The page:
Microsoft Unveils New Free Office Apps For iPhone, iPad And Android

Microsoft Unveils New Free Office Apps For iPhone, iPad And Android
Microsoft Unveils New Free Office Apps For iPhone, iPad And Android

Microsoft on Thursday unveiled new office apps for iPhone and said consumers using any of its mobile apps will be able to create and edit office documents for free. Office didn't debut on the iPad until March of this year.

Microsoft's change of heart happened as mobile phone usage began to eclipse that of laptops and desktop computers; Office's mainstay. Competitors' products were also getting better and were available to mobile users and the price was better.

John Case, Microsoft's corporate vice president for Office marketing, said that the new releases show Microsoft is focused on making its programs the go-to productivity apps on "all platforms, devices and properties."

The call to make Microsoft products work on all platforms is key to chief executive Satya Nadella's efforts to reboot the company in a mobile era. And Office is a big part of that strategy. Previously, Microsoft had refused to release its Office properties on any mobile devices other than its own. But shortly after Nadella took over in February, the company released its first version of Office applications for Apple's iPad. And the move toward partnerships has only grown over the course of Nadella's tenure; this week, Microsoft struck a deal with the cloud-storage service Dropbox to store files for the tech giant's Office 365 subscription service.

Microsoft's plans might sound crazy to most, and at first glance it's easy to come to that conclusion, but the company argues it's a matter of moving its free web apps to mobile. "It's an extension of the strategy that we've got," explains Microsoft's head of Office marketing Michael Atalla. "Its not a total strategic shift, as much of an extension of the existing strategy." Microsoft offers free Office apps online, and Atalla argues that recent development model changes inside Microsoft have allowed the company to open up editing functionality to mobile clients. "We're taking that same user experience we provide online to the native apps of iOS and Android. We want to make sure that our customers can be productive across all the devices they have."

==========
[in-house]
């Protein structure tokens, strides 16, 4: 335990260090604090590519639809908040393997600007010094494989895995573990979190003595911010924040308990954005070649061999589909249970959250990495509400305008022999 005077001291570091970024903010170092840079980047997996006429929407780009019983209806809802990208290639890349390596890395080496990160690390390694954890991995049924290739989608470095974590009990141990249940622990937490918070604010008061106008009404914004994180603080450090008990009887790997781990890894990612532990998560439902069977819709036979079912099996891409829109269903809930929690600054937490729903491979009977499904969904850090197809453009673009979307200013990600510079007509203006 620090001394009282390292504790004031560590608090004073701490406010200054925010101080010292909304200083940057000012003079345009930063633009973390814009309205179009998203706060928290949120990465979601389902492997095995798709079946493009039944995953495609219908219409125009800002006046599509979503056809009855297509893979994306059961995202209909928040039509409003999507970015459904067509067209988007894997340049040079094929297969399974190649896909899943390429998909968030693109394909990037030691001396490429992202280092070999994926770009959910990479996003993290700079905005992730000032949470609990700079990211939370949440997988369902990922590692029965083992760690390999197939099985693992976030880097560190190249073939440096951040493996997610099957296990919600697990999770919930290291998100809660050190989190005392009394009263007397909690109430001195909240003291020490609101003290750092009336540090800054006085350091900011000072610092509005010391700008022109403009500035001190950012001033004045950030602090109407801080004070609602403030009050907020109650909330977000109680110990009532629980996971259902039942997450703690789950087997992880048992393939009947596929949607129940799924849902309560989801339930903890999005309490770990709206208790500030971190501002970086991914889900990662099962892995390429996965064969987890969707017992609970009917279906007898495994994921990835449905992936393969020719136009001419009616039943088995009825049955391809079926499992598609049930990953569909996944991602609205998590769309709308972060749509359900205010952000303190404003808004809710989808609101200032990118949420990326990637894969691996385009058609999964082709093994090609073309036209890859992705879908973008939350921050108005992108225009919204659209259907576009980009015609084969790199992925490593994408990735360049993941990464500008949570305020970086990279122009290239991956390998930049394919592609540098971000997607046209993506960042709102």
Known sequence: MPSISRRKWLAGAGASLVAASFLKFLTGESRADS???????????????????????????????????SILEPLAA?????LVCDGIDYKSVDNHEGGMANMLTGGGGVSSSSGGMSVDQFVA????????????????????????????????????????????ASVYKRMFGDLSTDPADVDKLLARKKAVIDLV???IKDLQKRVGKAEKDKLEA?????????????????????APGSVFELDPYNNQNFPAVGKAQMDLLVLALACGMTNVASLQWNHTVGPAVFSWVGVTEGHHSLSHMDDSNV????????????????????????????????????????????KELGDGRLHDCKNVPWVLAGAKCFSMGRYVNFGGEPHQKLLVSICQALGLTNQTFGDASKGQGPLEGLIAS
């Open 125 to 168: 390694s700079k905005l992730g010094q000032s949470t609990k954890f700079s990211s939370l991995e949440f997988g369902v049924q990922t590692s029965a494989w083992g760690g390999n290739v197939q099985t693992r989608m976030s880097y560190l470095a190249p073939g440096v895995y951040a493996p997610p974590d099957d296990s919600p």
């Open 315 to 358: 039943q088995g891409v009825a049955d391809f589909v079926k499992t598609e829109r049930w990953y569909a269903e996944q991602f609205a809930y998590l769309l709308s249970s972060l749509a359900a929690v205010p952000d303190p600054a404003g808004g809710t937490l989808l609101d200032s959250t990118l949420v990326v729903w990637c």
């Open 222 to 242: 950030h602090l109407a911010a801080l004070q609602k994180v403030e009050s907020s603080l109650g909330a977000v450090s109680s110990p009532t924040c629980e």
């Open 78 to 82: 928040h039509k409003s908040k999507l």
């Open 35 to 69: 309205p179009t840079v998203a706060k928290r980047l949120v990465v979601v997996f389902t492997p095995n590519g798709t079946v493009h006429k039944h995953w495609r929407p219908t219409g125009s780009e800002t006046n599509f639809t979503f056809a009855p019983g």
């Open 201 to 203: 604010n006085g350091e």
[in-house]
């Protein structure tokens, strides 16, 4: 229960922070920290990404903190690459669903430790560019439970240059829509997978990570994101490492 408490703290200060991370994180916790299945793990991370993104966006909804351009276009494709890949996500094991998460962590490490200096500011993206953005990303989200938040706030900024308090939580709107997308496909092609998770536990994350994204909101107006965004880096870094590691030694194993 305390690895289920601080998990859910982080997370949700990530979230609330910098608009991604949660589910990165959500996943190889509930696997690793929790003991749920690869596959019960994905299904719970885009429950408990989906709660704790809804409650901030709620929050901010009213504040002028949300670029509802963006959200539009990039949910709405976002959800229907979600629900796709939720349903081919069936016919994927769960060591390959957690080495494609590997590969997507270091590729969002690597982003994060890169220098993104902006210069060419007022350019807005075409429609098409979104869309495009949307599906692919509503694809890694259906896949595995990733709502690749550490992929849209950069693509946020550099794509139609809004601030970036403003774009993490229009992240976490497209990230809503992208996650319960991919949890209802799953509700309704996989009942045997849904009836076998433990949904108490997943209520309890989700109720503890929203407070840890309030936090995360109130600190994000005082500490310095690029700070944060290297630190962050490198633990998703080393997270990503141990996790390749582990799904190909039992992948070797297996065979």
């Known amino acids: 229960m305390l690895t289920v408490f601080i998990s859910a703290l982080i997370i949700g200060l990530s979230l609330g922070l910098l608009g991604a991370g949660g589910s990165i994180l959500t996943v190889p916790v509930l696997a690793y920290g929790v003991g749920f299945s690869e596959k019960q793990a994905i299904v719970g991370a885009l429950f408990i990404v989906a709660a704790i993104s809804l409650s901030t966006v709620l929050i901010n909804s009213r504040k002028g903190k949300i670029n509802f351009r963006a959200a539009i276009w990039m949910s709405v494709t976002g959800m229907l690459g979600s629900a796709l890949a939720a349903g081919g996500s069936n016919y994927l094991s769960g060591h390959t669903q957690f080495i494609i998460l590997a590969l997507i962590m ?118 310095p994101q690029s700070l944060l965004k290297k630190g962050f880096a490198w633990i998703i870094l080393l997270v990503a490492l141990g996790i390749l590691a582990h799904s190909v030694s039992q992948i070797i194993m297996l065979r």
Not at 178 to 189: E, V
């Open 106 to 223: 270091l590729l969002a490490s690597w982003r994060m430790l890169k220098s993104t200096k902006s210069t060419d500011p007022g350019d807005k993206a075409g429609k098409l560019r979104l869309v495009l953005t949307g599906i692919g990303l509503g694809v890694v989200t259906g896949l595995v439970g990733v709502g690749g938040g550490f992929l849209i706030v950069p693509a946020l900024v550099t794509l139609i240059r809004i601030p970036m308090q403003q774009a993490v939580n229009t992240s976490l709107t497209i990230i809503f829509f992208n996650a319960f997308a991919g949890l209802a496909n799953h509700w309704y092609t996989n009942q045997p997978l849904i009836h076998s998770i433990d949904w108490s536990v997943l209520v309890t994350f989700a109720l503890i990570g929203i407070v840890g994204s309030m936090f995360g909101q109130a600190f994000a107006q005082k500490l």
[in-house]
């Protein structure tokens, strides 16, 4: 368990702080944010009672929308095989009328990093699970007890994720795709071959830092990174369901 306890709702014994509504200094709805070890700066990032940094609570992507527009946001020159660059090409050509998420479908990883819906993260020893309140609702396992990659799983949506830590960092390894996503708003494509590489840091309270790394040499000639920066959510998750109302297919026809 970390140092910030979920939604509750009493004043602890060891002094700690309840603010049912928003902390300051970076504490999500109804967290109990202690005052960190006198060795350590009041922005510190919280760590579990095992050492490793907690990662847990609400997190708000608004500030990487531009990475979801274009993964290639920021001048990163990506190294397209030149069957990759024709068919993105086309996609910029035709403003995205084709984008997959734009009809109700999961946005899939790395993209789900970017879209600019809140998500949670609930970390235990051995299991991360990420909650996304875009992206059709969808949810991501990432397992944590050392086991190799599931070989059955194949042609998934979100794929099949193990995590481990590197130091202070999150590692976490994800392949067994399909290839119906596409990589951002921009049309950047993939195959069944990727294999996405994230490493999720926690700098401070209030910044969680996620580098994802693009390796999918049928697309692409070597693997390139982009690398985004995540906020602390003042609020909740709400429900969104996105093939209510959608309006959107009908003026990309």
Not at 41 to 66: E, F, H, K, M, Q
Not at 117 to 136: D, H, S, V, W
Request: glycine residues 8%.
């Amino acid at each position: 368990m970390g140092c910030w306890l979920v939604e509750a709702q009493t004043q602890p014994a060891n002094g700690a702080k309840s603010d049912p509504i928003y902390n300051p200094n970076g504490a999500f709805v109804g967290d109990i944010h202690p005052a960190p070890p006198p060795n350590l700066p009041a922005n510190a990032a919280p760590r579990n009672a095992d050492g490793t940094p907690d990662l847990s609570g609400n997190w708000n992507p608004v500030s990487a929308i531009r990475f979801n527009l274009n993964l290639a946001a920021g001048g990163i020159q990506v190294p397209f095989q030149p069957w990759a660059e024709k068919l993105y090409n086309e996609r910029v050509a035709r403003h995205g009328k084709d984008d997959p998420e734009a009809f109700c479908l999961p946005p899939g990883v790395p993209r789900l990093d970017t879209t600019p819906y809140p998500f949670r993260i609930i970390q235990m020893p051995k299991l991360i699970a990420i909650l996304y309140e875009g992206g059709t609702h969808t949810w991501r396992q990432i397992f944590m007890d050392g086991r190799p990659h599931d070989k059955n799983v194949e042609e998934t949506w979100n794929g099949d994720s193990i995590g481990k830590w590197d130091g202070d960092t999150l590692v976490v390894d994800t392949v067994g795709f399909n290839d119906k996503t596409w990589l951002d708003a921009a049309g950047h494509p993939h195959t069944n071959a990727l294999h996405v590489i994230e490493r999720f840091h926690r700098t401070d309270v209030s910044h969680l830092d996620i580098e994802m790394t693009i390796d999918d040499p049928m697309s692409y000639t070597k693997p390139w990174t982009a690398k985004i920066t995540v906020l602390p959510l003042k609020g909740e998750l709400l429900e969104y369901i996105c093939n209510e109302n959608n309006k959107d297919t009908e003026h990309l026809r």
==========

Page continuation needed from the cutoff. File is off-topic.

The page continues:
While Microsoft will never admit it, it's that threat more than anything that has forced the company's mobile shift here. "By in large we want that core authoring experience in front of all the users that love Office on any device they choose," explains Atalla. That core authoring experience can help keep Office users hooked, and Microsoft doesn't want to face a future where consumers, and eventually businesses, are no longer obsessing over Word, Excel, and PowerPoint. There's also a play here to get consumers using OneDrive cloud storage and a Microsoft Account. Both of these can help Microsoft tempt consumers over to Office 365 for additional storage and the added benefit of Office for PC and Mac as part of a subscription. It's a bold move from Microsoft, but also a defensive one. Microsoft's competition will now have to look elsewhere to plot their Office attack.

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